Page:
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z wrote:

That's what you get for buying a Honda in big-3 country (now called the Detroit 3 or better yet, the Michigan-3 - not all big-3 companies are based in Detroit).
Jeff
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Wrong-o.
Fatal rust starts from the INSIDE, where moisture gets a chance to spend lots of time consuming the zinc coatings the factory applies. And once that's gone, oxygen attacks the bare steel. "Drippy" rustproofing keeps oxygen away even when there's no zinc, and helps prevent the zinc from being eroded.
Also, water creeps into crimps and pinchwelds, then freezes there. This forces the surfaces apart, compromising the factory's efforts, exposing raw steel. "The "drippy" stuff prevents this too.
"Drippy" rustproofings like Rust Check and Krown are nothing like what you have in the US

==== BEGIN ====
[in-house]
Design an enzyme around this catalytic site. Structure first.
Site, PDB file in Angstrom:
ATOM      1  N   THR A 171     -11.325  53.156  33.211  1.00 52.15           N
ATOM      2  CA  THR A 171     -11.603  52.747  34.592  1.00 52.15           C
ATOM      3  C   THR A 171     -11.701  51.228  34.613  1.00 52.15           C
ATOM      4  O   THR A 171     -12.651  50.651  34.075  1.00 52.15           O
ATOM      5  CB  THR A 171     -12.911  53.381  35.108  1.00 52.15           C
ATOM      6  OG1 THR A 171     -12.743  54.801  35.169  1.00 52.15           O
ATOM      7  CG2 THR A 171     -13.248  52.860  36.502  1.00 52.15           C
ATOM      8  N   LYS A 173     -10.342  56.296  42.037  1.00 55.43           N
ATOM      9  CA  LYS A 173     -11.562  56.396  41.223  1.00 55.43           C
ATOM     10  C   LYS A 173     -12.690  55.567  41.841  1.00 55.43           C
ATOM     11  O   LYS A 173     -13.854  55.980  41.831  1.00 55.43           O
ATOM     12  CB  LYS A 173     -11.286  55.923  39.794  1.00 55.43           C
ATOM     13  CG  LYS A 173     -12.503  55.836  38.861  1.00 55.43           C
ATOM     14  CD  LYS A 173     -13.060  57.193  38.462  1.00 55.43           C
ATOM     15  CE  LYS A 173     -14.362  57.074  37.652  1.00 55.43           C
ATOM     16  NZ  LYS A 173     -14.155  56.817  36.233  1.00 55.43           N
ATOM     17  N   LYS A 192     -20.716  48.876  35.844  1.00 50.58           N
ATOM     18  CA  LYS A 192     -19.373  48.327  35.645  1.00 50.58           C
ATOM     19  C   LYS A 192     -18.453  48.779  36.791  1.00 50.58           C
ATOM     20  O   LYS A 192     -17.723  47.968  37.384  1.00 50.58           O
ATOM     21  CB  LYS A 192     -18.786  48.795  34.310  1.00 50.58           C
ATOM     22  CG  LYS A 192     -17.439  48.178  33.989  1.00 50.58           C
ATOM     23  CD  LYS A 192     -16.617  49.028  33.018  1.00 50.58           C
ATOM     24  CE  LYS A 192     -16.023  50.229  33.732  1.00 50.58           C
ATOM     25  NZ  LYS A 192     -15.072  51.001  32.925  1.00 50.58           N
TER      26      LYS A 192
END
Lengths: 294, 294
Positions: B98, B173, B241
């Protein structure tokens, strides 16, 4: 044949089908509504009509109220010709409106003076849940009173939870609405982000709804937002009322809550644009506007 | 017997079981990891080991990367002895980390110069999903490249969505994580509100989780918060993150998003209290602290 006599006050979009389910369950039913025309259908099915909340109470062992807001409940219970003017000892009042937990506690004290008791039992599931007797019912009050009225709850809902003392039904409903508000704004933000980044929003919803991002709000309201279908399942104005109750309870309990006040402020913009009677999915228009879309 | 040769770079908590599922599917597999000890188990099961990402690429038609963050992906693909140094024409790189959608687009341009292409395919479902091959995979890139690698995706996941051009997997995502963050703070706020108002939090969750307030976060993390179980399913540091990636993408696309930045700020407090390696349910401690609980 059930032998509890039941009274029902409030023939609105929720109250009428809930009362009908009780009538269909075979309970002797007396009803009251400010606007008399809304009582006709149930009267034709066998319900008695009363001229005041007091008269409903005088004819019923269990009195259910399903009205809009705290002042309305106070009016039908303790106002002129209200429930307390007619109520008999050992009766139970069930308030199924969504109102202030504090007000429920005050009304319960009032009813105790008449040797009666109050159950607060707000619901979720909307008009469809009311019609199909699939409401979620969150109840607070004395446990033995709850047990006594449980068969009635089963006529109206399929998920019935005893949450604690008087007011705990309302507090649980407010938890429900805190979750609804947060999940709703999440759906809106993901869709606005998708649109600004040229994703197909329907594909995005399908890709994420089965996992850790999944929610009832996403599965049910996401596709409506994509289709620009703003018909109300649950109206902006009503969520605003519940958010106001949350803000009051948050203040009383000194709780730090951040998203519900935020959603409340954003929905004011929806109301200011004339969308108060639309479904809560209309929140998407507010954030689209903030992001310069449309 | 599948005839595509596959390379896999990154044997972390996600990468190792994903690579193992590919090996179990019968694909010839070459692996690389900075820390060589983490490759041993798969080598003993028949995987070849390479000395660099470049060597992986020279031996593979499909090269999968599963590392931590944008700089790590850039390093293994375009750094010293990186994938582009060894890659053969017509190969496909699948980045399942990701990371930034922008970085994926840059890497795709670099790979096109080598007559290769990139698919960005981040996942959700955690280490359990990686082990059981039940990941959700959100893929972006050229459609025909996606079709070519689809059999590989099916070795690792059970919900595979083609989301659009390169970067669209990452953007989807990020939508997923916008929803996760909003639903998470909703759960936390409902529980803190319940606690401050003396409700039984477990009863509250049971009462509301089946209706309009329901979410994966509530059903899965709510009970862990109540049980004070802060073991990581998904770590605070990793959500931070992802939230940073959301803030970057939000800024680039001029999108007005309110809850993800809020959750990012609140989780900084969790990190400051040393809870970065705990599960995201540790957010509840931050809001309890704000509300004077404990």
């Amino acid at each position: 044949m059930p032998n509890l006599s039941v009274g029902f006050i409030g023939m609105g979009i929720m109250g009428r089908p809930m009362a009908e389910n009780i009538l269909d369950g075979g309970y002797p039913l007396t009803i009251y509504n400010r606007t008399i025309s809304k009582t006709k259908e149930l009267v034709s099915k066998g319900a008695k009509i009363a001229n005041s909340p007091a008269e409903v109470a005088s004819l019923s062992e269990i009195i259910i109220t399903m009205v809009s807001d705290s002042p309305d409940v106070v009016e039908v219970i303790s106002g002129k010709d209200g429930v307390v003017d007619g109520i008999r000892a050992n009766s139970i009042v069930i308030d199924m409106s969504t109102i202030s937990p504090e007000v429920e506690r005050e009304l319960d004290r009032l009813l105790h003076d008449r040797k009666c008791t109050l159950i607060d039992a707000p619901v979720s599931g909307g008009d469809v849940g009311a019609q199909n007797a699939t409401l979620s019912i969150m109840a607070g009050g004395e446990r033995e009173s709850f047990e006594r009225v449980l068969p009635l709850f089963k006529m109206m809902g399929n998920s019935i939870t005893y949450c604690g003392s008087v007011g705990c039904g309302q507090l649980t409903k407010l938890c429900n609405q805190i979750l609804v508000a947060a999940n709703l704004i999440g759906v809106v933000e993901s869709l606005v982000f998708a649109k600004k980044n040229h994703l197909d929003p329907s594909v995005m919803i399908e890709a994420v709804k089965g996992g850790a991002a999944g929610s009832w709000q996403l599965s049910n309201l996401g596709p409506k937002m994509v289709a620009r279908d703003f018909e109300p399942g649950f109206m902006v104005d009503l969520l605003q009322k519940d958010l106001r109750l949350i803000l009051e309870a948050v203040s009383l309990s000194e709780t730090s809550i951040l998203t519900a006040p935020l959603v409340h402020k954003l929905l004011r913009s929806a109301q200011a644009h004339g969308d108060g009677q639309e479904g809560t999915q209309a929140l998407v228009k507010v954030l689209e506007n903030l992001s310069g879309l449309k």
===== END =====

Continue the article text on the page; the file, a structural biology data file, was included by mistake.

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That's funny.
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I havent bothered rustproofing the vehicles Ive owned. Live west of Chicago with plenty of salting. Ive had a bought new 87 Ford Escort for 9 years 105000m no rust. A bought new 97 Ford Probe GT for 9 years 96000m no rust. A bought new 95 Pontiac Gran-AM that we still have 92000m no rust. A 05 Honda Pilot no rust this thing hardly sees the road however just 5100 miles after 2 years. Maybe I just dont keep them long enough for the rust to start showing.
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I had WaxOyl applied on a new car ca. 1982; trouble was, you had to get it inspected every year to keep the warranty up; then by the time I found some rust they weren't that interested in keeping me as a happy customer any more. Kind of like most insurance-type businesses, i guess.
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What about that little black electronic gadget thats wired into your 12v system and is suppose to repel rust? Anyone have one? Think it costs acouple hundred bucks

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according to posters here, its snakeoil.
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loewent via CarKB.com wrote:

Hi, DITTO!